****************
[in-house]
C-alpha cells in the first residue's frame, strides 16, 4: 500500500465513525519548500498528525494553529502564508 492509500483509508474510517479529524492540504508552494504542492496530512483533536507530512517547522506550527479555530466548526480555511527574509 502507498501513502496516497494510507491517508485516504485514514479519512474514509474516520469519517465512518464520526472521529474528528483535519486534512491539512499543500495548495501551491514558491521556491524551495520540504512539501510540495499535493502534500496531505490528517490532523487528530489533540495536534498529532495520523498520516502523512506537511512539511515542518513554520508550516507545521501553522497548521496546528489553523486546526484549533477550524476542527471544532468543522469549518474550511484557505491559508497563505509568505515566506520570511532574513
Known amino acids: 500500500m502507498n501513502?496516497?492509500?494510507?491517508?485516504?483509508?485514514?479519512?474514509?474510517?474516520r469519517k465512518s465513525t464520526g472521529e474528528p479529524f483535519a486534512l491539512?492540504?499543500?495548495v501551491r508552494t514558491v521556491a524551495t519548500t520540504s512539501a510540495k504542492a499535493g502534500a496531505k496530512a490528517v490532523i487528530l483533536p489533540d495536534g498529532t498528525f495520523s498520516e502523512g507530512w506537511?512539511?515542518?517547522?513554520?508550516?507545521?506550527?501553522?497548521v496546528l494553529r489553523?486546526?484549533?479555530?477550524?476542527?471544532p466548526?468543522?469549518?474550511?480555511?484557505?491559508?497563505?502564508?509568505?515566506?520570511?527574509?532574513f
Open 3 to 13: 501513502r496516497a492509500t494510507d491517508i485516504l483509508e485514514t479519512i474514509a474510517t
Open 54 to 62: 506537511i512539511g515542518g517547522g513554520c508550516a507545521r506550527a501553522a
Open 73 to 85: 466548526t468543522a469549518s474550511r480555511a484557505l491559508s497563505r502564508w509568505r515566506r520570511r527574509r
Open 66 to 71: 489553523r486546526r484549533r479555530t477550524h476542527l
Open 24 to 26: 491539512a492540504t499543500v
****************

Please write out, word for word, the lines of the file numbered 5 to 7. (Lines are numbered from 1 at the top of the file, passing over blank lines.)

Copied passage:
Open 54 to 62: 506537511i512539511g515542518g517547522g513554520c508550516a507545521r506550527a501553522a
Open 73 to 85: 466548526t468543522a469549518s474550511r480555511a484557505l491559508s497563505r502564508w509568505r515566506r520570511r527574509r
Open 66 to 71: 489553523r486546526r484549533r479555530t477550524h476542527l